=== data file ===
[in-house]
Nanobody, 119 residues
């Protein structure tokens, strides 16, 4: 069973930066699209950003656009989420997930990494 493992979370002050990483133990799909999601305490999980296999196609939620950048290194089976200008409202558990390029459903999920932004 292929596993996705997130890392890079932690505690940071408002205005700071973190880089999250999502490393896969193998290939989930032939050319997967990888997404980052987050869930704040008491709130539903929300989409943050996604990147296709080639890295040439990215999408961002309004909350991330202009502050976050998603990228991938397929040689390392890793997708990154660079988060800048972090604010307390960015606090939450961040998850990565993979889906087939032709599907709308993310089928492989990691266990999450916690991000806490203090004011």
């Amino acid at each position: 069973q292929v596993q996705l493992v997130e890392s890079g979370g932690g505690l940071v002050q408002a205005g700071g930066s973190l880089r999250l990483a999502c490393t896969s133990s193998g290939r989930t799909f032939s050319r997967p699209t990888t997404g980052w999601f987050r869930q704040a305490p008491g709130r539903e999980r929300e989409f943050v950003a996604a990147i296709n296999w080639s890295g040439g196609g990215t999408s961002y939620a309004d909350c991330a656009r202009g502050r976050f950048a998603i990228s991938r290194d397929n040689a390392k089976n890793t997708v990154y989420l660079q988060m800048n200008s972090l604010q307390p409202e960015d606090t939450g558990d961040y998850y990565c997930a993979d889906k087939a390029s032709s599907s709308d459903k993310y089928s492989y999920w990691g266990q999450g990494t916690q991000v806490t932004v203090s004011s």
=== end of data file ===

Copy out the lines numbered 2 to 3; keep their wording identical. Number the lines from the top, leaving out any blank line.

Nanobody, 119 residues
């Protein structure tokens, strides 16, 4: 069973930066699209950003656009989420997930990494 493992979370002050990483133990799909999601305490999980296999196609939620950048290194089976200008409202558990390029459903999920932004 292929596993996705997130890392890079932690505690940071408002205005700071973190880089999250999502490393896969193998290939989930032939050319997967990888997404980052987050869930704040008491709130539903929300989409943050996604990147296709080639890295040439990215999408961002309004909350991330202009502050976050998603990228991938397929040689390392890793997708990154660079988060800048972090604010307390960015606090939450961040998850990565993979889906087939032709599907709308993310089928492989990691266990999450916690991000806490203090004011």